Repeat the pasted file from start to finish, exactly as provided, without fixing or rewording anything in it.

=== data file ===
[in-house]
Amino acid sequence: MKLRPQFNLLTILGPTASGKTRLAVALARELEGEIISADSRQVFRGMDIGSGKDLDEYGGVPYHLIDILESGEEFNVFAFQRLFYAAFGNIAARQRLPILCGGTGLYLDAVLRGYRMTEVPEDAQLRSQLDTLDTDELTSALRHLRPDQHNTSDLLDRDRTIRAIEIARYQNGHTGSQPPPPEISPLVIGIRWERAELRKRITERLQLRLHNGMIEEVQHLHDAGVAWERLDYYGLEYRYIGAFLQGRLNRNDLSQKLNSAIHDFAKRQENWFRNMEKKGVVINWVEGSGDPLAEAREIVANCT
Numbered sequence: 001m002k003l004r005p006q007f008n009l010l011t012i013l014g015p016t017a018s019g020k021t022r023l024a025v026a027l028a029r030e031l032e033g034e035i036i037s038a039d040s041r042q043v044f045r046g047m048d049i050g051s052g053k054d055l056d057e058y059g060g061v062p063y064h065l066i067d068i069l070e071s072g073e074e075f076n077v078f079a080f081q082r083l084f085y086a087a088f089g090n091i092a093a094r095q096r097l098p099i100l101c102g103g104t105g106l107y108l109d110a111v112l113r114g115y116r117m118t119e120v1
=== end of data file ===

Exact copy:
[in-house]
Amino acid sequence: MKLRPQFNLLTILGPTASGKTRLAVALARELEGEIISADSRQVFRGMDIGSGKDLDEYGGVPYHLIDILESGEEFNVFAFQRLFYAAFGNIAARQRLPILCGGTGLYLDAVLRGYRMTEVPEDAQLRSQLDTLDTDELTSALRHLRPDQHNTSDLLDRDRTIRAIEIARYQNGHTGSQPPPPEISPLVIGIRWERAELRKRITERLQLRLHNGMIEEVQHLHDAGVAWERLDYYGLEYRYIGAFLQGRLNRNDLSQKLNSAIHDFAKRQENWFRNMEKKGVVINWVEGSGDPLAEAREIVANCT
Numbered sequence: 001m002k003l004r005p006q007f008n009l010l011t012i013l014g015p016t017a018s019g020k021t022r023l024a025v026a027l028a029r030e031l032e033g034e035i036i037s038a039d040s041r042q043v044f045r046g047m048d049i050g051s052g053k054d055l056d057e058y059g060g061v062p063y064h065l066i067d068i069l070e071s072g073e074e075f076n077v078f079a080f081q082r083l084f085y086a087a088f089g090n091i092a093a094r095q096r097l098p099i100l101c102g103g104t105g106l107y108l109d110a111v112l113r114g115y116r117m118t119e120v1